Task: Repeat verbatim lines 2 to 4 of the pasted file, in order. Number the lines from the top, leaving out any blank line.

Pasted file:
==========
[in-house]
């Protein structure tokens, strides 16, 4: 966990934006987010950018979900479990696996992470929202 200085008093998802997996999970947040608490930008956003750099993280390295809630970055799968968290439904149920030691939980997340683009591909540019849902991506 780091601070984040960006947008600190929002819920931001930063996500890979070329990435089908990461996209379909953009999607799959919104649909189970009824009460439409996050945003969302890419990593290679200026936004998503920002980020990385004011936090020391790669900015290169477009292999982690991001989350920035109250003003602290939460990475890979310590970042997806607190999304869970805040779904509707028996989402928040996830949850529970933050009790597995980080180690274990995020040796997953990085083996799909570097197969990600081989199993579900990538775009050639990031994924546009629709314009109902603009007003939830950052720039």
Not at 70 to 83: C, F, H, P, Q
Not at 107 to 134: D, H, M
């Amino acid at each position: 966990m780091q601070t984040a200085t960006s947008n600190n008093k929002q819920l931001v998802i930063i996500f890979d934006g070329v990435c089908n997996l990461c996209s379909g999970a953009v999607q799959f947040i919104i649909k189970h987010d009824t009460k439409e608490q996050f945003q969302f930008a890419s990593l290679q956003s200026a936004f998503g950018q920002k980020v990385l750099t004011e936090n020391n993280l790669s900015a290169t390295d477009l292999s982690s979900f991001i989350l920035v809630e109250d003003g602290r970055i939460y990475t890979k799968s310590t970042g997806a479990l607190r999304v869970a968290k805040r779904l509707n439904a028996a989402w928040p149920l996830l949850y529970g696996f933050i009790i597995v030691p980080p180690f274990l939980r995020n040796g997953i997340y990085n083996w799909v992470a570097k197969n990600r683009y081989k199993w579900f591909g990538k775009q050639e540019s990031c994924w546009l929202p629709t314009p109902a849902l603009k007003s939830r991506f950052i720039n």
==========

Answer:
């Protein structure tokens, strides 16, 4: 966990934006987010950018979900479990696996992470929202 200085008093998802997996999970947040608490930008956003750099993280390295809630970055799968968290439904149920030691939980997340683009591909540019849902991506 780091601070984040960006947008600190929002819920931001930063996500890979070329990435089908990461996209379909953009999607799959919104649909189970009824009460439409996050945003969302890419990593290679200026936004998503920002980020990385004011936090020391790669900015290169477009292999982690991001989350920035109250003003602290939460990475890979310590970042997806607190999304869970805040779904509707028996989402928040996830949850529970933050009790597995980080180690274990995020040796997953990085083996799909570097197969990600081989199993579900990538775009050639990031994924546009629709314009109902603009007003939830950052720039």
Not at 70 to 83: C, F, H, P, Q
Not at 107 to 134: D, H, M